Imaginative Writings of Mice and Men.
John Steinbeck's book, Of Mice and Men, was originally going to be titled "Something That Happened-. This title expresses the feeling that there is no control what takes place in this world. Things just happen. Nature is a continuous circle of life and death. Most people are born without choice and die without choice, making life a very mechanical process. "Something That Happened- would have been good title for the novel because it gives the reader a sense of the ending being inevitable. Lennie had always gotten in trouble no matter how hard George tried to prevent it. The killing of Curley's wife was simply an impending tragedy waiting to happen. This philosophy makes the events that take place in the novel just "some things that happened-; they are inevitable and uncontrollable.
I believe that Steinbeck's choice to change the title the book to "Of Mice and Men- was based not only upon his love for Robert Burn's poem but because of his realization that the new title vividly expressed what he was trying to accomplish as a writer. It not only relates to the theme and occurrences within the book, it adds to the idea that some things in life, such as death, are unavoidable. It illustrates that we as human beings strive to develop a way to overcome the insignificant role we occupy in the world. Like the characters in the novel, we each have a dream in life that promises us joy but sometimes fate transcends above our plans and causes them to go astray, leaving us nothing but grief and pain.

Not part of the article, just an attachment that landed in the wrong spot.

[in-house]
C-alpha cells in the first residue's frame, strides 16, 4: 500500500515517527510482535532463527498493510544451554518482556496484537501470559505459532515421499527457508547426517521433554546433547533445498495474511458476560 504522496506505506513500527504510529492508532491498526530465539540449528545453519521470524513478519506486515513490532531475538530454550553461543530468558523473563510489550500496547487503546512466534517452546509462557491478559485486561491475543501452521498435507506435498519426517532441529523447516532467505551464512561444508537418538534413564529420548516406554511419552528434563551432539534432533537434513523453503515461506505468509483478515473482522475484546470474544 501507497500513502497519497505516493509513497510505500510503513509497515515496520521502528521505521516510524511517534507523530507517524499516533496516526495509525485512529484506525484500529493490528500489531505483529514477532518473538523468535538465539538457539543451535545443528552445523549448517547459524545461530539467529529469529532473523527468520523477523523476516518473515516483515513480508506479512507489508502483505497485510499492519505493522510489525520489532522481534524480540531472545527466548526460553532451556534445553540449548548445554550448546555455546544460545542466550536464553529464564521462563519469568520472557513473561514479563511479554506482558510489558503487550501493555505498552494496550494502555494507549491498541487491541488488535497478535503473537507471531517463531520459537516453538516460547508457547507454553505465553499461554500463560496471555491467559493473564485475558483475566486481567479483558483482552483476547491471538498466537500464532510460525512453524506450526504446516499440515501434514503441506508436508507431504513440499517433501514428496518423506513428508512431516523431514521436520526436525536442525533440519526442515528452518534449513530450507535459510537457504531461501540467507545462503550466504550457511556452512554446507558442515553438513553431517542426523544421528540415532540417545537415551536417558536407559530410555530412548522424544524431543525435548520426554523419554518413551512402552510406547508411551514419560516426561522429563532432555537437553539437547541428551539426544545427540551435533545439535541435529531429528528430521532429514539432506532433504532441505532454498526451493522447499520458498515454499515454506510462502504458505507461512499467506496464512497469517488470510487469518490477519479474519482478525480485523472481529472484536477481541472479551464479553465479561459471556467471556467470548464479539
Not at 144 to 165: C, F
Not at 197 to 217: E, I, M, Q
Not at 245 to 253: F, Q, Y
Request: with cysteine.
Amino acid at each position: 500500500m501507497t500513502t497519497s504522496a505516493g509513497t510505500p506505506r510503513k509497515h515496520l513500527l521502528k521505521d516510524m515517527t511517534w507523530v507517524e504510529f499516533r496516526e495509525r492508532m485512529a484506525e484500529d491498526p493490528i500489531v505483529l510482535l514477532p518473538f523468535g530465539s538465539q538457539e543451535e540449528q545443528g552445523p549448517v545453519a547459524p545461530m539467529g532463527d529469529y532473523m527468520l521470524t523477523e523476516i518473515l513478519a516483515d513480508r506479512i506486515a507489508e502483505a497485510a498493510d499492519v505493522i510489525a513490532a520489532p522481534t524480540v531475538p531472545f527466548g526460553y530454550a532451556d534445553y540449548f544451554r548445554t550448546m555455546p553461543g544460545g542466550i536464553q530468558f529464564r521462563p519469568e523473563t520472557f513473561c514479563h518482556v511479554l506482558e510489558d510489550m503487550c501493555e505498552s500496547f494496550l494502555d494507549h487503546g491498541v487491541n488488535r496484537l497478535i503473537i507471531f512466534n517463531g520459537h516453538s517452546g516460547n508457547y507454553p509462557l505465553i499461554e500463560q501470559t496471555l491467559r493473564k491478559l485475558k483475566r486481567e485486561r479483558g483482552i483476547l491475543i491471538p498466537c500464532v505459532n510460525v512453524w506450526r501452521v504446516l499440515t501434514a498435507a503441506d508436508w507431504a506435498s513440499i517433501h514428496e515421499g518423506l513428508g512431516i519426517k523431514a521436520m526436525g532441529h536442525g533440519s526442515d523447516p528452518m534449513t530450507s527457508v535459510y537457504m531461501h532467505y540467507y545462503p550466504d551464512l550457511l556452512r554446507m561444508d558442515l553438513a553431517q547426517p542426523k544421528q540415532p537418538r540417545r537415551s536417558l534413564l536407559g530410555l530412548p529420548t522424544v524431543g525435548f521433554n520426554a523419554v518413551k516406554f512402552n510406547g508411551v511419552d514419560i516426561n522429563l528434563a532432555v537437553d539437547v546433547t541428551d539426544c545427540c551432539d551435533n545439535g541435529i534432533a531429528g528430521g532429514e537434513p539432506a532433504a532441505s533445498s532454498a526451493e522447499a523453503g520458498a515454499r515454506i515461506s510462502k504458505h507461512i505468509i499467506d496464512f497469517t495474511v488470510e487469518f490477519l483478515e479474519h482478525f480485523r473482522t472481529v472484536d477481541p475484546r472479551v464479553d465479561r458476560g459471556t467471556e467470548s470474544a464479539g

The images of mice and men are also the central focus of the book. The characters "George, Lennie, Candy and Crooks "are mice who want to be men; nobodies searching for significance in their lives. For a few chapters in the novel these mice are elevated to manhood. George has a place in mind to buy, Lennie has decided upon the color of his rabbits, Candy has started counting his profits like a successful businessman and Crooks no longer feels like a cripple and tells the boys he could work in the fields.